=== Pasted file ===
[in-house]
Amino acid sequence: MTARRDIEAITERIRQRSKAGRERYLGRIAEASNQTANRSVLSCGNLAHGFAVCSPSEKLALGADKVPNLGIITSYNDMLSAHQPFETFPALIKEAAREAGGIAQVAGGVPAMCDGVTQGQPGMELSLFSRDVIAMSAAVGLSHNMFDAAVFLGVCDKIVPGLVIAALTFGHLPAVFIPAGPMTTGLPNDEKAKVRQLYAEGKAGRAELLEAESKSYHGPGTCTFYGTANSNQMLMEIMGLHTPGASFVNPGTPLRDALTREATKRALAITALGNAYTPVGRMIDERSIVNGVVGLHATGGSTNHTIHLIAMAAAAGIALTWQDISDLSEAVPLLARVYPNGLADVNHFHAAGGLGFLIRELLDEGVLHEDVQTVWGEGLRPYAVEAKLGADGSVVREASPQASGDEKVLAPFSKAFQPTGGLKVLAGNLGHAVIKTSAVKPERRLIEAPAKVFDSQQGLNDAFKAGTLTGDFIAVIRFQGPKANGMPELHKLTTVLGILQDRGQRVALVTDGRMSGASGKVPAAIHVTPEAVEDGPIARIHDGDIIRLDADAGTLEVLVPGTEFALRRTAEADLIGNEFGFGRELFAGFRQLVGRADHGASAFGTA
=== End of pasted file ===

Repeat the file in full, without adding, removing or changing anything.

[in-house]
Amino acid sequence: MTARRDIEAITERIRQRSKAGRERYLGRIAEASNQTANRSVLSCGNLAHGFAVCSPSEKLALGADKVPNLGIITSYNDMLSAHQPFETFPALIKEAAREAGGIAQVAGGVPAMCDGVTQGQPGMELSLFSRDVIAMSAAVGLSHNMFDAAVFLGVCDKIVPGLVIAALTFGHLPAVFIPAGPMTTGLPNDEKAKVRQLYAEGKAGRAELLEAESKSYHGPGTCTFYGTANSNQMLMEIMGLHTPGASFVNPGTPLRDALTREATKRALAITALGNAYTPVGRMIDERSIVNGVVGLHATGGSTNHTIHLIAMAAAAGIALTWQDISDLSEAVPLLARVYPNGLADVNHFHAAGGLGFLIRELLDEGVLHEDVQTVWGEGLRPYAVEAKLGADGSVVREASPQASGDEKVLAPFSKAFQPTGGLKVLAGNLGHAVIKTSAVKPERRLIEAPAKVFDSQQGLNDAFKAGTLTGDFIAVIRFQGPKANGMPELHKLTTVLGILQDRGQRVALVTDGRMSGASGKVPAAIHVTPEAVEDGPIARIHDGDIIRLDADAGTLEVLVPGTEFALRRTAEADLIGNEFGFGRELFAGFRQLVGRADHGASAFGTA